Russell Square is a large garden square in Bloomsbury, in the London Borough of Camden. It is near the University of London's main buildings and the British Museum. To the north is Woburn Place and to the south-east is Southampton Row. Russell Square tube station is nearby to the north-east.
The square is named after the surname of the Earls and Dukes of Bedford, who developed the family's London landholdings in the 17th and 18th centuries, beginning with Covent Garden (Bedford Street). Russell Square was formed when new streets were laid out by the Duke on the site of the gardens of his former home Bedford House, their London house. Other local street names relating to the Duke of Bedford include Bedford Square, Bedford Place, Bedford Avenue, Bedford Row and Bedford Way; Woburn Square and Woburn Place (from Woburn Abbey); Tavistock Square, Tavistock Place and Tavistock Street (Marquess of Tavistock), and Thornhaugh Street (after a subsidiary title Baron of Thornhaugh). The street lamps around this area carry the Bedford Arms.
The square contained large terraced houses aimed mainly at upper-middle-class families. A number of the original houses survive, especially on the southern and western sides. Those to the west are occupied by the University of London, and there is a blue plaque on one at the north west corner commemorating that T. S. Eliot worked there for many years when he was poetry editor of Faber & Faber: a building now used by the School of Oriental and African Studies (a college of the University of London). Thomas Lawrence had a studio at number 67 (1805–1830). On the eastern side the Hotel Russell, built in 1898 to a design by Charles Fitzroy Doll, dominates (its builders were connected with the company which created RMS Titanic). Other past residents include the famous 19th Century architectural partnership of father and son, Philip and Philip Charles Hardwick who lived at number 60. Since 2004, the two buildings on the southern side, at numbers 46 and 47, have been occupied by the Huron University USA in London (now the London campus of Hult International Business School).
In 1998, the London Mathematical Society moved from rooms in Burlington House to De Morgan House, at 57–58 Russell Square, in order to accommodate staff expansion. A near neighbour, at 52-53 Russell Square, is the Chartered Institute of Public Relations, which moved there in 2009.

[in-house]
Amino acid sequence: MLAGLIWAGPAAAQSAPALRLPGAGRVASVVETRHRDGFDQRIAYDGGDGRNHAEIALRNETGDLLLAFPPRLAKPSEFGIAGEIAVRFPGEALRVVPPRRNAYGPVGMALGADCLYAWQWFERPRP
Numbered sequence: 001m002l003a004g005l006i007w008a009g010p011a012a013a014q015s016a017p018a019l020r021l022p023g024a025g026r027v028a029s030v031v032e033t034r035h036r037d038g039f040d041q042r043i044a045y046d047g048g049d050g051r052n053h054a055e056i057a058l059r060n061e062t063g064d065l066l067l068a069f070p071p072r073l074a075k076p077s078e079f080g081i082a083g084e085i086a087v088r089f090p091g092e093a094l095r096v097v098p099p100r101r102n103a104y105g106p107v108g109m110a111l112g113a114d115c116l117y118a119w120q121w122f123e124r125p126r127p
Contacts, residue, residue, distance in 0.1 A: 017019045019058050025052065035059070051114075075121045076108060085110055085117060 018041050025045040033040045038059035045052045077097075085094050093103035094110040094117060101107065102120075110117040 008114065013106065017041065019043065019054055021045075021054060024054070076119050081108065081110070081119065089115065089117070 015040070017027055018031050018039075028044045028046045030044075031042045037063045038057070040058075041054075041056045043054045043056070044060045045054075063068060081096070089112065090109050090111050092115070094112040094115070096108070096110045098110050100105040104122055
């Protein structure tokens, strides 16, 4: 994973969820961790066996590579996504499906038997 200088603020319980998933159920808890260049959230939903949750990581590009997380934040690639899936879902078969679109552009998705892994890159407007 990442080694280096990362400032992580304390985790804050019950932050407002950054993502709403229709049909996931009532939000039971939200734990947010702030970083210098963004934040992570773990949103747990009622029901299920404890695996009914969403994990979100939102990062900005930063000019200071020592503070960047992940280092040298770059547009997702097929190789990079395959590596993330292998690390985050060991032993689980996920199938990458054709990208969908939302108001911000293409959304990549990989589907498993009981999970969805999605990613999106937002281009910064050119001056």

In 2002, the square was re-landscaped in a style based on the original early 19th-century layout by Humphry Repton (1752–1818). In addition, the café in the square was redeveloped and a new ornamental fountain installed. Although it is managed by the London Borough of Camden, the freehold of the square remains with the Bedford Estate.
The Russell Square shelter is one of thirteen such shelters that still exist. All are now Grade II listed buildings.
Commemorating the victims of the 7 July 2005 bombings
One of the bombings of 7 July 2005 was on a London Underground train from King's Cross St Pancras tube station to Russell Square tube station, and another was on a bus on Tavistock Square, near Russell Square. To commemorate the victims, many flowers were laid at a spot on Russell Square just south of the café. The location is now marked by a memorial plaque and a young oak tree.
Literature and culture
21 Russell Square is the murderer's street address in the novel (but not in the movie adaptation) The Murderer Lives at Number 21 (L'Assassin habite au 21) by the Belgian writer Stanislas-André Steeman.
|Wikimedia Commons has media related to Russell Square.|
- List of eponymous roads in London
- Other squares of the Bedford Estate in Bloomsbury included:
- "The Square Occupied Social Centre"
- "Cabman's shelters, London - Victorian survivors on London's streets", Urban75, April 2006
- William Makepeace Thackeray, Vanity Fair, Ch. 4.